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Homemade salsa scoops up a win

Critic's favorite salsa maker says he likes tomatoes because they're good for men

September 05, 2010|By TIFFANY ARNOLD

WAYNESBORO, Pa. -- Darl Hospelhorn likes his salsa chunky and he likes it mildly spicy.

And he's not alone.

Hospelhorn's salsa recipe won critic's choice during a Tomato Tasting event hosted by the Penn State Cooperative Extension office of Franklin County, Pa.

The tasting gauged the public's interest in more than 20 tomato varieties, news commercial tomato growers can use.

"Because commercial growers can grow and plant well, but the public might not like the taste," said Master Gardeners coordinator Linda Secrist.

Secrist said four people entered this year's salsa contest. The people's choice winner was Sheila Keebaugh, of Needmore, Pa.

Hospelhorn, 69, won critic's choice for his recipe.

His recipe puts to good use the fruits of his garden. The Burgermaster and Better Boy tomatoes, the sweet and hot peppers and fresh garlic are grown at his Waynesboro, Pa., home. He also uses fresh herbs and spices, though he said store-bought, dried varieties wouldn't ruin the recipe.

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Hospelhorn's recipe is adapted from one he received from a former colleague. His friend's recipe called for tomatillos, a husk-covered, green fruit often used in salsas. But Hospelhorn doesn't like tomatillos, so he omitted them.

His preference is to use sliceable tomatoes that he grows in his garden, but he said tomato options are open-ended.

Peeled, and quartered tomatoes are incorporated with onions, and sweet and hot peppers.

The mixture is seasoned with cilantro and basil and left to stew in a big pot for 20 minutes, thickened with a bit of corn starch and pressure canned for later use.

Hospelhorn said he makes 25 quarts of salsa a year - and that's a decrease from the 50 quarts he said he used to make.

"I'm just a tomato-holic," Hospelhorn said.

In the winter, he and his wife, Sandra, head to their Florida home. The best part about the trip? The fresh tomatoes, he said.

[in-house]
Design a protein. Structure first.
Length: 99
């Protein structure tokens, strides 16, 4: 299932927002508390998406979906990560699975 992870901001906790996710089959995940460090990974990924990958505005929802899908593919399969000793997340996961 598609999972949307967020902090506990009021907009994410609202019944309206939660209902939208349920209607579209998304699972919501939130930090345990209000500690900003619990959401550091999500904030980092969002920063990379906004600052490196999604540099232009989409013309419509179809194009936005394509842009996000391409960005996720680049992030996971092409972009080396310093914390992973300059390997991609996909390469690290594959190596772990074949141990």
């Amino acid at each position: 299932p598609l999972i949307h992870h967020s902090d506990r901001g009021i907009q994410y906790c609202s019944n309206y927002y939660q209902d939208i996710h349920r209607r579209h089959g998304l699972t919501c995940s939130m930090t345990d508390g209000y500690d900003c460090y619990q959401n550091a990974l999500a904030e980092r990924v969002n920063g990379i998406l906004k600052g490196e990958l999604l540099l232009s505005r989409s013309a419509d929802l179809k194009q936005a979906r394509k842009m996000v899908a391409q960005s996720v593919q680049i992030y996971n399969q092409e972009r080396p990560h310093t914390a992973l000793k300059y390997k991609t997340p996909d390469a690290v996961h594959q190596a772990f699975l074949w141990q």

"Someone told me that tomatoes were good for men," said Hospelhorn, who's a retired sales engineer with Landis Tool Company.

According to the U.S. Department of Agriculture, cooked tomatoes are a good source of lycopene, a phytochemical that neutralizes the free radicals that damage cells in our bodies.

The USDA's Agricultural Research Service references a Harvard study in which men who ate more than 10 servings of tomato-based foods daily cut the risk of developing prostate cancer by 35 percent.

Gardeners are harvesting tomatoes now, though the hot, dry weather left many with smaller tomatoes and smaller yields, said Hospelhorn, who's a Master Gardener.

But those tomatoes might be packing more flavor, which has become more concentrated despite lack of water and smaller fruit size, Hospelhorn said.

One more reason to whip up some homemade salsa.




Darl Hospelhorn's salsa



5 quarts ripe tomatoes, quartered and peeled
5 to 6 large onions
1 quart sweet green peppers, seeded and cut in half
3/4 cup jalapeno peppers, coarsely chopped
10 cloves of garlic or 5 teaspoons garlic powder
10 tablespoons red wine vinegar
5 teaspoons fresh basil
10 teaspoons fresh cilantro
1/4 cup salt
3 tablespoons Worcestershire sauce
1/2 cup cornstarch

To peel the tomatoes, place them in water and heat, allowing them to soak but not cook.

Before heating the water, reserve 1 cup of the tomato water for later use. Once the tomatoes have soaked, remove the tomato skins and cut into quarters.

In a food processor, coarsely chop the onions, peppers and garlic cloves. Incorporate all the ingredients except the cornstarch in a large pot over medium heat, stirring to prevent sticking.

The salsa will cook for 20 minutes on the stove. In the meantime, dilute the cornstarch with the reserved tomato water and add it to the salsa pot after 15 minutes.

If canning, pour the salsa into jars, leaving a 1/2-inch of space at the top. Place the jars in a pressure canner for 8 minutes at 5 pounds.

Yields 15 to 16 pints.

-Recipe courtesy Master Gardener Darl Hospelhorn, of Waynesboro, Pa.

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